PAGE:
How are Korematsu and M’Culloch alike?
Recently there has been some discussion about whether the Justice Department should formally disavow any future reliance on Korematsu and ask the Supreme Court to overrule the case. It may come as a surprise to some that Korematsu is still good law, but the problem is that a similar situation hasn’t really arisen since the 1940s. How, then, can the Court overrule the case? Dicta is a possibility, but it is easy to see why the Justices may not want to overrule a case in that way.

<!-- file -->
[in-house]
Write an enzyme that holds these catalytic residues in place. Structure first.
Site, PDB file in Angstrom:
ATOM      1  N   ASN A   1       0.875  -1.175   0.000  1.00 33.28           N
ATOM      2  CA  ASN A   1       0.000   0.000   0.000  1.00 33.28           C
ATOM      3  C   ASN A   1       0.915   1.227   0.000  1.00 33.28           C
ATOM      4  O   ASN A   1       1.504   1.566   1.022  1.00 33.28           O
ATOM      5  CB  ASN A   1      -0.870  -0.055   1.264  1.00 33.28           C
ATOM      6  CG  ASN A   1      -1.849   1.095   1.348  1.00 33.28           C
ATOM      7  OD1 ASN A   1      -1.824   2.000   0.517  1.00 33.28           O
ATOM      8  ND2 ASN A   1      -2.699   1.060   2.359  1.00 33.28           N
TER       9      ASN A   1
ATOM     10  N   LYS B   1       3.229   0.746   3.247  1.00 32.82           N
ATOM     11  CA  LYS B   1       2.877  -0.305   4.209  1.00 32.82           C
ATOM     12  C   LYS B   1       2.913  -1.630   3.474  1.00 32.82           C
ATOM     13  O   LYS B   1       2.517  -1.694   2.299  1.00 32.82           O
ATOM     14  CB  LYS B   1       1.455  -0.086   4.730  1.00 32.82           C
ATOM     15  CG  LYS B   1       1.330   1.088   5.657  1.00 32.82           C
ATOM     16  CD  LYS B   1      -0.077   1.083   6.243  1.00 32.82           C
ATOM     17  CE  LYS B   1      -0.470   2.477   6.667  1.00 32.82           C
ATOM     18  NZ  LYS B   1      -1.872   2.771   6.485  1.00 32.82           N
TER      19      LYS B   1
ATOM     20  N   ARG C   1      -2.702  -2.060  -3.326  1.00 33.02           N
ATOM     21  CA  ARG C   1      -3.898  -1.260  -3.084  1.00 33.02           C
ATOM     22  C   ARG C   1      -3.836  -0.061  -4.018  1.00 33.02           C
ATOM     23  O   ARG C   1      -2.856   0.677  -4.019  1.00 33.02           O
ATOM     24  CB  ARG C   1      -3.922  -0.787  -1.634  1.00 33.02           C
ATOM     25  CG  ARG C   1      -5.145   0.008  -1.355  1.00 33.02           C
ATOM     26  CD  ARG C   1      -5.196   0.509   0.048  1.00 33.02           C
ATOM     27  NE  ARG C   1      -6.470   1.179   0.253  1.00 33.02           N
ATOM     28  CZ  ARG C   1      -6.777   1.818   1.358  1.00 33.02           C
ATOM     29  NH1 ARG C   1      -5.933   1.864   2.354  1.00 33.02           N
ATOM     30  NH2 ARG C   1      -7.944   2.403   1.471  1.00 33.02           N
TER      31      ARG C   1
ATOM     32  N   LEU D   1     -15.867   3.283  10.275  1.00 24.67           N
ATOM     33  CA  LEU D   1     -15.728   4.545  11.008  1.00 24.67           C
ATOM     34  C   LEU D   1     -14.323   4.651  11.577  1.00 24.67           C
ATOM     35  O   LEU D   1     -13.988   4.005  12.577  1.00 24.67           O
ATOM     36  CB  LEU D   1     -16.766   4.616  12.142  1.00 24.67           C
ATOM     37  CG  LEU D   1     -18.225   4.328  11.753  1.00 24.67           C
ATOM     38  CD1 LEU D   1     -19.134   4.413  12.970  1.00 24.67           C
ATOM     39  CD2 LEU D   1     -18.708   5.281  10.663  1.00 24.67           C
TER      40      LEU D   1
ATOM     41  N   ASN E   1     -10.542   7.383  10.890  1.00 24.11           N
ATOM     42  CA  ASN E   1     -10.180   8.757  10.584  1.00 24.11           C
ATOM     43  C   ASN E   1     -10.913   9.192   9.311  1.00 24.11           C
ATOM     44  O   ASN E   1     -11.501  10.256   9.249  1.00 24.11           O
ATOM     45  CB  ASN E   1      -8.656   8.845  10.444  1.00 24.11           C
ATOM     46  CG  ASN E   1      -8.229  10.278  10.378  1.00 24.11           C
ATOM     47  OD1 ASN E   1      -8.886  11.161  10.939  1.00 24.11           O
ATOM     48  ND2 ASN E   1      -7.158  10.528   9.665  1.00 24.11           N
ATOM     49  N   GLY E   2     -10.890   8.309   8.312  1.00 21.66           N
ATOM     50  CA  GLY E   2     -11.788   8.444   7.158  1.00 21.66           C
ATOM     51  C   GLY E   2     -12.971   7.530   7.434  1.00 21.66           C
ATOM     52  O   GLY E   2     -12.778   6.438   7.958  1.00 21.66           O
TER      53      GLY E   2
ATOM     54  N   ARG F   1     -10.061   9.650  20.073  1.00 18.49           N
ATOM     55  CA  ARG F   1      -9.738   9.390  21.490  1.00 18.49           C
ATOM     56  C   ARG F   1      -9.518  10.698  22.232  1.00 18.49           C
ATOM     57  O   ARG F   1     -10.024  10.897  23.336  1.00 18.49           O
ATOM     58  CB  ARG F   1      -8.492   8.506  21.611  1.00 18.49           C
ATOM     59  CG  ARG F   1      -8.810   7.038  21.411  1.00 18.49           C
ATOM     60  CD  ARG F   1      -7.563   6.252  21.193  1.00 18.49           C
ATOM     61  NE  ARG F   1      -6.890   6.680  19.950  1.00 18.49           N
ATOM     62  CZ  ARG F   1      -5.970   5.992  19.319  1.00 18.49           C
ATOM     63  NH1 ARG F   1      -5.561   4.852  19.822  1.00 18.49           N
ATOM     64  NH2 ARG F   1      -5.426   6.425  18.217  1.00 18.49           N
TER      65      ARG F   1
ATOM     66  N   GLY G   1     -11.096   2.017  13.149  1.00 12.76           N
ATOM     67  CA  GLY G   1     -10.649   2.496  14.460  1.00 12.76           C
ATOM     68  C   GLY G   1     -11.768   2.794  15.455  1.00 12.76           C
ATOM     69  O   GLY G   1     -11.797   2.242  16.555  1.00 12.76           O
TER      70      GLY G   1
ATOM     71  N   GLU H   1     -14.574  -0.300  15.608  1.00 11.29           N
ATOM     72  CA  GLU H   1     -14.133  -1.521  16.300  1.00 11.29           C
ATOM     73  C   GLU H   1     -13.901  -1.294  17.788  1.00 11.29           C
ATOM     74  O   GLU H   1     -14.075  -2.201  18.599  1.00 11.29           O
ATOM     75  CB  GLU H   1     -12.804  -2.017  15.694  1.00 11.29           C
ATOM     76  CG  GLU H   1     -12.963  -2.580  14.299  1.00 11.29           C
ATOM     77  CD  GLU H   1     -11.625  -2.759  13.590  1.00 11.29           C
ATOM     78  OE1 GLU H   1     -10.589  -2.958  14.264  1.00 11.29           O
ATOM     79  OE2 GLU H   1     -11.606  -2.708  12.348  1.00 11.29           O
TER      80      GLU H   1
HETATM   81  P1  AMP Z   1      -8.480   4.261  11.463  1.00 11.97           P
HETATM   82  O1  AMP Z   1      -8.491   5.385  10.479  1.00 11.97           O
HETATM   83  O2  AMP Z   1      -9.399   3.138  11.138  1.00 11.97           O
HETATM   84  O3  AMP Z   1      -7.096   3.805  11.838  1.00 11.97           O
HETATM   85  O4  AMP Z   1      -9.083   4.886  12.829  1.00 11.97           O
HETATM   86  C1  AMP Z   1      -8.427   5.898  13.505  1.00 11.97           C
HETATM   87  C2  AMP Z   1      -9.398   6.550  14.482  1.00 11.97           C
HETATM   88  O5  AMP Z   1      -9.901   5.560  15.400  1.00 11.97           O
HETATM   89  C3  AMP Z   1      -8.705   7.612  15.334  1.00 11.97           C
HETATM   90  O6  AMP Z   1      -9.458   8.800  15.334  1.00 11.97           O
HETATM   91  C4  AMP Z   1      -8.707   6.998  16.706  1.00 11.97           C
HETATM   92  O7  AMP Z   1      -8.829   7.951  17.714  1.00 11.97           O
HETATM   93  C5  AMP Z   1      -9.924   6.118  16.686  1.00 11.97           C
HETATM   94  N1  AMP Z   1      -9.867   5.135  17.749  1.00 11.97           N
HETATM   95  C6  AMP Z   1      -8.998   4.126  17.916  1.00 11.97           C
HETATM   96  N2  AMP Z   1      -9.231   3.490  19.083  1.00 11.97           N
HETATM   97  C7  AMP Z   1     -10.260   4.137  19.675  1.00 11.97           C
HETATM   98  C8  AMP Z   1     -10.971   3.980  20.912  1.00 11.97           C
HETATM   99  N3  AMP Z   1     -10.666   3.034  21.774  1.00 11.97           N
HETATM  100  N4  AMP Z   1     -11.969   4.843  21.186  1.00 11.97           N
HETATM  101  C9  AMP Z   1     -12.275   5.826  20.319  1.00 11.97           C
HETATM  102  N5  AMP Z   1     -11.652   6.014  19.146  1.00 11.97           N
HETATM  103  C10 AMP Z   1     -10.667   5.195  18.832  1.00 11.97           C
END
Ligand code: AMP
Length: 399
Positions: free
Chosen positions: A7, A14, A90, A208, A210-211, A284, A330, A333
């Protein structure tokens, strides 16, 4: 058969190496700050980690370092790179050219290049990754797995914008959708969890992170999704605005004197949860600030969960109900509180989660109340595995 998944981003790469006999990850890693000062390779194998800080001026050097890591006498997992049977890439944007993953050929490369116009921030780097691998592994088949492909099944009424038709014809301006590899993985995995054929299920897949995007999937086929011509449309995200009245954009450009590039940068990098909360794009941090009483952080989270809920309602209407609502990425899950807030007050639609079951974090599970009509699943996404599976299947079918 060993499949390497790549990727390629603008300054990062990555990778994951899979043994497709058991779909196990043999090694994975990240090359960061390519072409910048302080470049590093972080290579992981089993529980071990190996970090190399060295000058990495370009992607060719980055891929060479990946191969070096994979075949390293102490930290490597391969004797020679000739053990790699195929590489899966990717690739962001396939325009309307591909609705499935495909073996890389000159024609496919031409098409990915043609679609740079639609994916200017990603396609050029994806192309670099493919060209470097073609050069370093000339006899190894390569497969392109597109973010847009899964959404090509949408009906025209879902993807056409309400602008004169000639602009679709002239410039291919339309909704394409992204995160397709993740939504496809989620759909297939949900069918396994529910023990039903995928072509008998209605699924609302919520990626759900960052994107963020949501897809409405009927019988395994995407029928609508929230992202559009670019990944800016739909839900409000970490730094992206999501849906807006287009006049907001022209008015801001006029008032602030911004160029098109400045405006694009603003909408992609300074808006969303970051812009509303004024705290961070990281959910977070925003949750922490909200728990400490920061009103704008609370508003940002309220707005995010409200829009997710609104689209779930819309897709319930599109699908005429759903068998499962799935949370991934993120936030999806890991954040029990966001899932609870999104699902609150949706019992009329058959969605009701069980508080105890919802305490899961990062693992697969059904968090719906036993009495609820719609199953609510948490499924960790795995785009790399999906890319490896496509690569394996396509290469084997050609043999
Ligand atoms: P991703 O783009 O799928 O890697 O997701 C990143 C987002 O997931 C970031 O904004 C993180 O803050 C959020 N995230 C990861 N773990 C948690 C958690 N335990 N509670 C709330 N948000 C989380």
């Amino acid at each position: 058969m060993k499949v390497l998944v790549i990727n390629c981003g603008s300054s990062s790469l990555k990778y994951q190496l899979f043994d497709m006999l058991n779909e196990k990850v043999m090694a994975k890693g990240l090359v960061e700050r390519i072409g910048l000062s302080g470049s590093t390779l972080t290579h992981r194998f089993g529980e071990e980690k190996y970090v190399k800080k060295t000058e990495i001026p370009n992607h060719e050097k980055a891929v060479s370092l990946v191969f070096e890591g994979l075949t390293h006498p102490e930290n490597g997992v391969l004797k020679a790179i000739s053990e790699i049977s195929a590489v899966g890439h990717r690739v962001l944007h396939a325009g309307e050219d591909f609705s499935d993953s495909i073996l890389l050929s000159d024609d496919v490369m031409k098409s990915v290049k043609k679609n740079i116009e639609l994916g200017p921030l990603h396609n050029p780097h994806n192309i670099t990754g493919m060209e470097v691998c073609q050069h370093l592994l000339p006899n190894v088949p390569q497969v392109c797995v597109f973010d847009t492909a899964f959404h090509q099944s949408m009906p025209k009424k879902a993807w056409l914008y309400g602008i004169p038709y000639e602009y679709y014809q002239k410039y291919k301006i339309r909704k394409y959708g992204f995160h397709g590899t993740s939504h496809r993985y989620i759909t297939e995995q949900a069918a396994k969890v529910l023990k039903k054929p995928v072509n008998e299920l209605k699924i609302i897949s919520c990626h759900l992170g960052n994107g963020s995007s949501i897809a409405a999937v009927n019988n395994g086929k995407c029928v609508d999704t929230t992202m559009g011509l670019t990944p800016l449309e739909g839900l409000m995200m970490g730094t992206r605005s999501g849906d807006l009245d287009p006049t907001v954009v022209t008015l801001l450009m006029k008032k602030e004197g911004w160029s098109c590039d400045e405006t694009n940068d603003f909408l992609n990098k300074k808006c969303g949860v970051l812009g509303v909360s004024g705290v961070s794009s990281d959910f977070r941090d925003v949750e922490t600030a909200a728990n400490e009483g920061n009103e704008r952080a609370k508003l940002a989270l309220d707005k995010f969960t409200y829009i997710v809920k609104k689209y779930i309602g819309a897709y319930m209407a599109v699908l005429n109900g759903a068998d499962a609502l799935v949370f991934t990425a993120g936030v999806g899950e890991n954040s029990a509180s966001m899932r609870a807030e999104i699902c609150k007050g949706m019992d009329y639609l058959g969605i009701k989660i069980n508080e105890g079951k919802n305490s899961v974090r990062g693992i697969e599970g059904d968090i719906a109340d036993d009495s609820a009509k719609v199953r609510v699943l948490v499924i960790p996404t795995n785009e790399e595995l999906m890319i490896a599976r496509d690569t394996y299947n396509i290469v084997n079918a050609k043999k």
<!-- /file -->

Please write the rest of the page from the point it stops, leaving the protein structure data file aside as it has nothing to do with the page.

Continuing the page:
The same issue arose with respect to M’Culloch v. Maryland. As I explain in my book on Jacksonian Democracy, the Taney Court probably would have overruled that decision if given the opportunity. The obstacle was that–after the charter of the Second Bank of the United States expired in 1836–there was no way to bring a case to the Court to overrule the decision. Lawyers came up with creative ideas to solve this dilemma, but to no avail. That was lucky for the future of constitutional law, but the stain of Korematsu is the price of this common law structure.